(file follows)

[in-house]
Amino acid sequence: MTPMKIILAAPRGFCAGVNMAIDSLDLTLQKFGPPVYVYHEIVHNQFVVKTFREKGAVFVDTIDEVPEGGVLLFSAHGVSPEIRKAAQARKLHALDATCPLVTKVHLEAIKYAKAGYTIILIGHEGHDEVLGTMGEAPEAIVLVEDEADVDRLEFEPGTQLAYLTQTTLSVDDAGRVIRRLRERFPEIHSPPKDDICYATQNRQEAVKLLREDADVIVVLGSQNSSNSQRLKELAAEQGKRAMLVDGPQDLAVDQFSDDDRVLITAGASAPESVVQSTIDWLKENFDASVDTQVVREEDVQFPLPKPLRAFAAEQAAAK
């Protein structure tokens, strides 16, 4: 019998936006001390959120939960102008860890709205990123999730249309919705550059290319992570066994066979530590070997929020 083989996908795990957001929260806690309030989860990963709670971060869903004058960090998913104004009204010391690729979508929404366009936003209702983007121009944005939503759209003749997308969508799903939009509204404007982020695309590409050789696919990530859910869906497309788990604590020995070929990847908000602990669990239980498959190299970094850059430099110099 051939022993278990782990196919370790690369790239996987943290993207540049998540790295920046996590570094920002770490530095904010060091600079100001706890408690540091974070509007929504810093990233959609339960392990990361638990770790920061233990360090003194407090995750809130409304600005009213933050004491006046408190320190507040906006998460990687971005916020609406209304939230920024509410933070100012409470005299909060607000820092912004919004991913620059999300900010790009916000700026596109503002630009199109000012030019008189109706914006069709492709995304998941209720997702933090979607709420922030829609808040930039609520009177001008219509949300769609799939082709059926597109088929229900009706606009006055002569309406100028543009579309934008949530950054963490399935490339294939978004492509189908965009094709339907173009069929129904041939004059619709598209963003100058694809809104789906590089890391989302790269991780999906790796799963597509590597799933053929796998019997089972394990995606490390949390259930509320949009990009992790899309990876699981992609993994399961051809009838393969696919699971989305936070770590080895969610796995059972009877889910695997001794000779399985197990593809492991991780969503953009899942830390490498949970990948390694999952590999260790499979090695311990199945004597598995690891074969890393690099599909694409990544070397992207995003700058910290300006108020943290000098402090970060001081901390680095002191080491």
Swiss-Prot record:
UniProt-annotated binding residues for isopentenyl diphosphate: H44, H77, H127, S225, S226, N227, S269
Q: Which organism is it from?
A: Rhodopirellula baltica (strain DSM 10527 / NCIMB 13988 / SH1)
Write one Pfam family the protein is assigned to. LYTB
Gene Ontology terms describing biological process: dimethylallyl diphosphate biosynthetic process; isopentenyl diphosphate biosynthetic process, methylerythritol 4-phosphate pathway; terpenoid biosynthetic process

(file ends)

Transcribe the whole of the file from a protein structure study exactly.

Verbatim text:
[in-house]
Amino acid sequence: MTPMKIILAAPRGFCAGVNMAIDSLDLTLQKFGPPVYVYHEIVHNQFVVKTFREKGAVFVDTIDEVPEGGVLLFSAHGVSPEIRKAAQARKLHALDATCPLVTKVHLEAIKYAKAGYTIILIGHEGHDEVLGTMGEAPEAIVLVEDEADVDRLEFEPGTQLAYLTQTTLSVDDAGRVIRRLRERFPEIHSPPKDDICYATQNRQEAVKLLREDADVIVVLGSQNSSNSQRLKELAAEQGKRAMLVDGPQDLAVDQFSDDDRVLITAGASAPESVVQSTIDWLKENFDASVDTQVVREEDVQFPLPKPLRAFAAEQAAAK
């Protein structure tokens, strides 16, 4: 019998936006001390959120939960102008860890709205990123999730249309919705550059290319992570066994066979530590070997929020 083989996908795990957001929260806690309030989860990963709670971060869903004058960090998913104004009204010391690729979508929404366009936003209702983007121009944005939503759209003749997308969508799903939009509204404007982020695309590409050789696919990530859910869906497309788990604590020995070929990847908000602990669990239980498959190299970094850059430099110099 051939022993278990782990196919370790690369790239996987943290993207540049998540790295920046996590570094920002770490530095904010060091600079100001706890408690540091974070509007929504810093990233959609339960392990990361638990770790920061233990360090003194407090995750809130409304600005009213933050004491006046408190320190507040906006998460990687971005916020609406209304939230920024509410933070100012409470005299909060607000820092912004919004991913620059999300900010790009916000700026596109503002630009199109000012030019008189109706914006069709492709995304998941209720997702933090979607709420922030829609808040930039609520009177001008219509949300769609799939082709059926597109088929229900009706606009006055002569309406100028543009579309934008949530950054963490399935490339294939978004492509189908965009094709339907173009069929129904041939004059619709598209963003100058694809809104789906590089890391989302790269991780999906790796799963597509590597799933053929796998019997089972394990995606490390949390259930509320949009990009992790899309990876699981992609993994399961051809009838393969696919699971989305936070770590080895969610796995059972009877889910695997001794000779399985197990593809492991991780969503953009899942830390490498949970990948390694999952590999260790499979090695311990199945004597598995690891074969890393690099599909694409990544070397992207995003700058910290300006108020943290000098402090970060001081901390680095002191080491």
Swiss-Prot record:
UniProt-annotated binding residues for isopentenyl diphosphate: H44, H77, H127, S225, S226, N227, S269
Q: Which organism is it from?
A: Rhodopirellula baltica (strain DSM 10527 / NCIMB 13988 / SH1)
Write one Pfam family the protein is assigned to. LYTB
Gene Ontology terms describing biological process: dimethylallyl diphosphate biosynthetic process; isopentenyl diphosphate biosynthetic process, methylerythritol 4-phosphate pathway; terpenoid biosynthetic process